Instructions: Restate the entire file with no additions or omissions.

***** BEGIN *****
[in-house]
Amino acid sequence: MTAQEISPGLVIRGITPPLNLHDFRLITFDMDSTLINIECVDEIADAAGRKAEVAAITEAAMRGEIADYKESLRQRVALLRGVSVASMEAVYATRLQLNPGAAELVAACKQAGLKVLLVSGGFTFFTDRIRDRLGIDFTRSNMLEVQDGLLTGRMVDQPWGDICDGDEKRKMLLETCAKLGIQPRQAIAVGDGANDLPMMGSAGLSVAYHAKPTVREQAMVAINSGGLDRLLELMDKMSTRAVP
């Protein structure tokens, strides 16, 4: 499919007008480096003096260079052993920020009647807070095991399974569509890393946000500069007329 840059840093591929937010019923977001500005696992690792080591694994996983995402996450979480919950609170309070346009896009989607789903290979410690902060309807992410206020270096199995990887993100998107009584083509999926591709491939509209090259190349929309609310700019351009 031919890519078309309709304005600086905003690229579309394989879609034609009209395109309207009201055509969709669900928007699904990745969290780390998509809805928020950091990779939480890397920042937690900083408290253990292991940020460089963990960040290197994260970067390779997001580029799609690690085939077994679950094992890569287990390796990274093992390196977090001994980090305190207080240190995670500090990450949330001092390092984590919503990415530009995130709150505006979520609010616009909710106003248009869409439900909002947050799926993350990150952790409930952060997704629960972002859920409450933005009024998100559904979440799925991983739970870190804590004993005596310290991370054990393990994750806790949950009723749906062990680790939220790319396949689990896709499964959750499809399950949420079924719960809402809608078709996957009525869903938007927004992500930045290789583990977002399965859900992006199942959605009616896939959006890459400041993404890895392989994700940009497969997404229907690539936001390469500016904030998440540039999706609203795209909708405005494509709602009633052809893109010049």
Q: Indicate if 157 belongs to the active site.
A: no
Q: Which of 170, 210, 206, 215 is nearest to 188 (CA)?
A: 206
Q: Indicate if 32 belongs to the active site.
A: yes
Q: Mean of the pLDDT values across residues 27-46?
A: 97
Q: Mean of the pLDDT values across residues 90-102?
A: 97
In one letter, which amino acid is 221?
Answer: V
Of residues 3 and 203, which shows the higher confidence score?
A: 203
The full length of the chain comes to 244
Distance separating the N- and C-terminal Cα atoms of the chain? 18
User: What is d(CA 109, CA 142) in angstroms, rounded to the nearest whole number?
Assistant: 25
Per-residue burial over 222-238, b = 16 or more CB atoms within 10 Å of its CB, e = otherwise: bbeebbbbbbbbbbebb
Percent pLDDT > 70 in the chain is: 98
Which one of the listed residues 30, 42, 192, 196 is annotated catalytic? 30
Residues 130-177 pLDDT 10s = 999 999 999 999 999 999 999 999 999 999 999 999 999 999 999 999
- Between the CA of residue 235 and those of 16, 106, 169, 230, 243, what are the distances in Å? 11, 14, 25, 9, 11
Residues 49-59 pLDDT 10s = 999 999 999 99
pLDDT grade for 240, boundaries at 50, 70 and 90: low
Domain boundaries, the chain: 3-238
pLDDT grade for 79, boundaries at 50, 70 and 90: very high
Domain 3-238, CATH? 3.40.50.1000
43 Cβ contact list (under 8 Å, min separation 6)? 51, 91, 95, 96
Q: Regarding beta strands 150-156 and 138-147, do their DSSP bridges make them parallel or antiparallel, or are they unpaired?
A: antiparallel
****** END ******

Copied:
[in-house]
Amino acid sequence: MTAQEISPGLVIRGITPPLNLHDFRLITFDMDSTLINIECVDEIADAAGRKAEVAAITEAAMRGEIADYKESLRQRVALLRGVSVASMEAVYATRLQLNPGAAELVAACKQAGLKVLLVSGGFTFFTDRIRDRLGIDFTRSNMLEVQDGLLTGRMVDQPWGDICDGDEKRKMLLETCAKLGIQPRQAIAVGDGANDLPMMGSAGLSVAYHAKPTVREQAMVAINSGGLDRLLELMDKMSTRAVP
């Protein structure tokens, strides 16, 4: 499919007008480096003096260079052993920020009647807070095991399974569509890393946000500069007329 840059840093591929937010019923977001500005696992690792080591694994996983995402996450979480919950609170309070346009896009989607789903290979410690902060309807992410206020270096199995990887993100998107009584083509999926591709491939509209090259190349929309609310700019351009 031919890519078309309709304005600086905003690229579309394989879609034609009209395109309207009201055509969709669900928007699904990745969290780390998509809805928020950091990779939480890397920042937690900083408290253990292991940020460089963990960040290197994260970067390779997001580029799609690690085939077994679950094992890569287990390796990274093992390196977090001994980090305190207080240190995670500090990450949330001092390092984590919503990415530009995130709150505006979520609010616009909710106003248009869409439900909002947050799926993350990150952790409930952060997704629960972002859920409450933005009024998100559904979440799925991983739970870190804590004993005596310290991370054990393990994750806790949950009723749906062990680790939220790319396949689990896709499964959750499809399950949420079924719960809402809608078709996957009525869903938007927004992500930045290789583990977002399965859900992006199942959605009616896939959006890459400041993404890895392989994700940009497969997404229907690539936001390469500016904030998440540039999706609203795209909708405005494509709602009633052809893109010049």
Q: Indicate if 157 belongs to the active site.
A: no
Q: Which of 170, 210, 206, 215 is nearest to 188 (CA)?
A: 206
Q: Indicate if 32 belongs to the active site.
A: yes
Q: Mean of the pLDDT values across residues 27-46?
A: 97
Q: Mean of the pLDDT values across residues 90-102?
A: 97
In one letter, which amino acid is 221?
Answer: V
Of residues 3 and 203, which shows the higher confidence score?
A: 203
The full length of the chain comes to 244
Distance separating the N- and C-terminal Cα atoms of the chain? 18
User: What is d(CA 109, CA 142) in angstroms, rounded to the nearest whole number?
Assistant: 25
Per-residue burial over 222-238, b = 16 or more CB atoms within 10 Å of its CB, e = otherwise: bbeebbbbbbbbbbebb
Percent pLDDT > 70 in the chain is: 98
Which one of the listed residues 30, 42, 192, 196 is annotated catalytic? 30
Residues 130-177 pLDDT 10s = 999 999 999 999 999 999 999 999 999 999 999 999 999 999 999 999
- Between the CA of residue 235 and those of 16, 106, 169, 230, 243, what are the distances in Å? 11, 14, 25, 9, 11
Residues 49-59 pLDDT 10s = 999 999 999 99
pLDDT grade for 240, boundaries at 50, 70 and 90: low
Domain boundaries, the chain: 3-238
pLDDT grade for 79, boundaries at 50, 70 and 90: very high
Domain 3-238, CATH? 3.40.50.1000
43 Cβ contact list (under 8 Å, min separation 6)? 51, 91, 95, 96
Q: Regarding beta strands 150-156 and 138-147, do their DSSP bridges make them parallel or antiparallel, or are they unpaired?
A: antiparallel